The Democrats hold a narrow advantage in California where big-spending Republican Meg Whitman is struggling, as Democrats show increased enthusiasm about voting on Nov. 2, according to a Reuters/Ipsos poll released on Tuesday.
The poll found that enthusiasm about the election among Democrats has improved, with 75 percent of Democrats saying they are certain to vote compared to 60 percent in June.
Democrat Jerry Brown leads Whitman in the race to succeed Arnold Schwarzenegger as California governor, 50 percent to 43 percent. Whitman is a billionaire and former eBay CEO who has spent at least $119 million of her own money on her campaign.
The poll found that a flap over Whitman's former housekeeper Nicky Diaz, a Latina woman who said she worked for Whitman as an illegal immigrant, does not appear to have had a big impact on the race.
The survey said 88 percent of registered voters had heard of the allegations but that 72 percent said the information made no difference in the way they plan to vote.
Latinos make up roughly a third of California's population and a fifth of the electorate, and so they could decide the race.
Mexico native Diaz surfaced last week to claim Whitman and her husband, Dr. Griff Harsh, knowingly employed her illegally for nine years and treated her poorly.
Whitman said she fire Diaz when Diaz said she was in the country illegally.
Whitman has fiercely denied the accusation, saying Diaz lied to the couple about her immigration status and was being manipulated by high-profile attorney Gloria Allred, who has been a friend and supporter of Democratic rival Brown.
In the Senate race, Incumbent Democratic Senator Barbara Boxer holds a slender lead of 49 percent to 45 percent over Republican challenger Carly Fiorina.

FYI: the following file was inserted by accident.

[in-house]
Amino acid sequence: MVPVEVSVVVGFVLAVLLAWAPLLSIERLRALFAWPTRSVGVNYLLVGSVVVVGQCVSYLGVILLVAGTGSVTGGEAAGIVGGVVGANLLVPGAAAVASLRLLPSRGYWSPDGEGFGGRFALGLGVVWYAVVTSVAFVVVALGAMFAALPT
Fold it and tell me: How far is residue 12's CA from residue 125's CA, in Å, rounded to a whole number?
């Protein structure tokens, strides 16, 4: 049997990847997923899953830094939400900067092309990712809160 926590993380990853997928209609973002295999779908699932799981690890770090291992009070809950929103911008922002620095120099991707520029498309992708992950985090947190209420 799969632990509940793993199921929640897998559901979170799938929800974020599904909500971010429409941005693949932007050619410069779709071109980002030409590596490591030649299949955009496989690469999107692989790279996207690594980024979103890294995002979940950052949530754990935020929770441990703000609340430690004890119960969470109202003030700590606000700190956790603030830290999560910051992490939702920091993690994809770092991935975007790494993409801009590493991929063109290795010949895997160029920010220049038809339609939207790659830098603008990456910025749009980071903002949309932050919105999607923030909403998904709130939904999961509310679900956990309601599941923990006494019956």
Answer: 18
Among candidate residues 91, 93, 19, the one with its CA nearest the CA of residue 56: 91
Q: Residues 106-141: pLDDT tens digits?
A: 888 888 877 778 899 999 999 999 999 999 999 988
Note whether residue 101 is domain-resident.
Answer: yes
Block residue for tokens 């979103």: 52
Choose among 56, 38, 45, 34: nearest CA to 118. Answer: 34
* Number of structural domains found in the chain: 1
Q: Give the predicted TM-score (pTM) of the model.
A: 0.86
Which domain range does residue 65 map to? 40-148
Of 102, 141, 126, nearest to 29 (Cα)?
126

Republicans remain highly engaged in the state — 83 percent said they are enthusiastic about voting — but Democrats hold a large advantage among numbers of registered voters in California.
The poll of 600 registered California voters, including 448 likely voters, was taken after a debate between Brown and Whitman on Saturday.
Forty-nine percent of California voters oppose an effort to suspend the state's climate change law, while 37 percent favor the proposal, the poll said.
Most voters oppose a ballot proposal on Nov. 2 to legalize marijuana.
In a separate survey, Democrats nationwide appear to be struggling to energize Hispanic supporters, a Pew Hispanic Center study found.
Hispanic voters appear significantly less motivated than the rest of the United States to cast election ballots even though two-thirds of Latino registered voters say they'll vote Democratic in their congressional race, according to the study.
The survey, released Tuesday, found 51 percent of Latino registered voters were absolutely certain they would vote — compared with 70 percent of U.S. voters — and 65 percent of Latino voters planned to support the Democrat in their congressional district, compared with 47 percent of U.S. voters.